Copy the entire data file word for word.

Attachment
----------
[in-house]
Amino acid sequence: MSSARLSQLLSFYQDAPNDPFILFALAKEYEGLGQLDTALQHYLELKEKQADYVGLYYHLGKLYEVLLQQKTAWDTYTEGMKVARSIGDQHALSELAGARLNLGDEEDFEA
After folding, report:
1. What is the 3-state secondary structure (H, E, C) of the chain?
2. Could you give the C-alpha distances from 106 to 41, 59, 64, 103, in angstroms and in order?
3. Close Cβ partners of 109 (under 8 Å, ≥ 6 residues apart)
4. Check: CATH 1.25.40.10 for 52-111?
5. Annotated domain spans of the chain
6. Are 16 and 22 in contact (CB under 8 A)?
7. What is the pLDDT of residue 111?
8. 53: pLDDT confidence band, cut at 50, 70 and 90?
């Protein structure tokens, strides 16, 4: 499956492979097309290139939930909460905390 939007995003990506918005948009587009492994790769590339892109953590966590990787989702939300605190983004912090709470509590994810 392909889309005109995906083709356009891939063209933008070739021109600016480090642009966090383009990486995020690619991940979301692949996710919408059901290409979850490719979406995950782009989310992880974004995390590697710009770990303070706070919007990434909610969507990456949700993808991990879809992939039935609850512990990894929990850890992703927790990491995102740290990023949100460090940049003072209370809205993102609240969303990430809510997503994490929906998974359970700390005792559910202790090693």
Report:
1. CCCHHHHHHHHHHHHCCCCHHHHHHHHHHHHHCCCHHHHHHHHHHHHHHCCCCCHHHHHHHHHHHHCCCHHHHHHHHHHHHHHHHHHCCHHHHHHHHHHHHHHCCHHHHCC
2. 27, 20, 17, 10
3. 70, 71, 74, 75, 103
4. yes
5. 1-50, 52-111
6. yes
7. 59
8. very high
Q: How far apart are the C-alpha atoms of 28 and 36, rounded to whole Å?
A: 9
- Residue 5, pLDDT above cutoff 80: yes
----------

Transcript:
[in-house]
Amino acid sequence: MSSARLSQLLSFYQDAPNDPFILFALAKEYEGLGQLDTALQHYLELKEKQADYVGLYYHLGKLYEVLLQQKTAWDTYTEGMKVARSIGDQHALSELAGARLNLGDEEDFEA
After folding, report:
1. What is the 3-state secondary structure (H, E, C) of the chain?
2. Could you give the C-alpha distances from 106 to 41, 59, 64, 103, in angstroms and in order?
3. Close Cβ partners of 109 (under 8 Å, ≥ 6 residues apart)
4. Check: CATH 1.25.40.10 for 52-111?
5. Annotated domain spans of the chain
6. Are 16 and 22 in contact (CB under 8 A)?
7. What is the pLDDT of residue 111?
8. 53: pLDDT confidence band, cut at 50, 70 and 90?
């Protein structure tokens, strides 16, 4: 499956492979097309290139939930909460905390 939007995003990506918005948009587009492994790769590339892109953590966590990787989702939300605190983004912090709470509590994810 392909889309005109995906083709356009891939063209933008070739021109600016480090642009966090383009990486995020690619991940979301692949996710919408059901290409979850490719979406995950782009989310992880974004995390590697710009770990303070706070919007990434909610969507990456949700993808991990879809992939039935609850512990990894929990850890992703927790990491995102740290990023949100460090940049003072209370809205993102609240969303990430809510997503994490929906998974359970700390005792559910202790090693």
Report:
1. CCCHHHHHHHHHHHHCCCCHHHHHHHHHHHHHCCCHHHHHHHHHHHHHHCCCCCHHHHHHHHHHHHCCCHHHHHHHHHHHHHHHHHHCCHHHHHHHHHHHHHHCCHHHHCC
2. 27, 20, 17, 10
3. 70, 71, 74, 75, 103
4. yes
5. 1-50, 52-111
6. yes
7. 59
8. very high
Q: How far apart are the C-alpha atoms of 28 and 36, rounded to whole Å?
A: 9
- Residue 5, pLDDT above cutoff 80: yes